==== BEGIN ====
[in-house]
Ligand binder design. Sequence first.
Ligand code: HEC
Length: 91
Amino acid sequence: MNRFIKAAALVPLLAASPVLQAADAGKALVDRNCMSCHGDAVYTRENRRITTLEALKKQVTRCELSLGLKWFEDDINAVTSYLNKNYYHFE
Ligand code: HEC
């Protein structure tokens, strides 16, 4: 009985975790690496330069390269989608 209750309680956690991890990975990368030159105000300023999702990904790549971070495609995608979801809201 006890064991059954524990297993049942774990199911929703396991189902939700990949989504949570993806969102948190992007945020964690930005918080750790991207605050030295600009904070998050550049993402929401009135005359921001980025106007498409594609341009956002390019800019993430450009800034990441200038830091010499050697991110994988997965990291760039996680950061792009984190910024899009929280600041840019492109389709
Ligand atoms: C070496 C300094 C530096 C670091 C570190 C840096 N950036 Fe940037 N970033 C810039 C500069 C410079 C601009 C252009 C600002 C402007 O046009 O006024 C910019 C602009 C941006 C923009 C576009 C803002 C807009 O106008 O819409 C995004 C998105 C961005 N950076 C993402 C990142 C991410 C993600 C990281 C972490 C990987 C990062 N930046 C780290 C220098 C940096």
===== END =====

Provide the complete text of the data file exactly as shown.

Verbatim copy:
[in-house]
Ligand binder design. Sequence first.
Ligand code: HEC
Length: 91
Amino acid sequence: MNRFIKAAALVPLLAASPVLQAADAGKALVDRNCMSCHGDAVYTRENRRITTLEALKKQVTRCELSLGLKWFEDDINAVTSYLNKNYYHFE
Ligand code: HEC
């Protein structure tokens, strides 16, 4: 009985975790690496330069390269989608 209750309680956690991890990975990368030159105000300023999702990904790549971070495609995608979801809201 006890064991059954524990297993049942774990199911929703396991189902939700990949989504949570993806969102948190992007945020964690930005918080750790991207605050030295600009904070998050550049993402929401009135005359921001980025106007498409594609341009956002390019800019993430450009800034990441200038830091010499050697991110994988997965990291760039996680950061792009984190910024899009929280600041840019492109389709
Ligand atoms: C070496 C300094 C530096 C670091 C570190 C840096 N950036 Fe940037 N970033 C810039 C500069 C410079 C601009 C252009 C600002 C402007 O046009 O006024 C910019 C602009 C941006 C923009 C576009 C803002 C807009 O106008 O819409 C995004 C998105 C961005 N950076 C993402 C990142 C991410 C993600 C990281 C972490 C990987 C990062 N930046 C780290 C220098 C940096």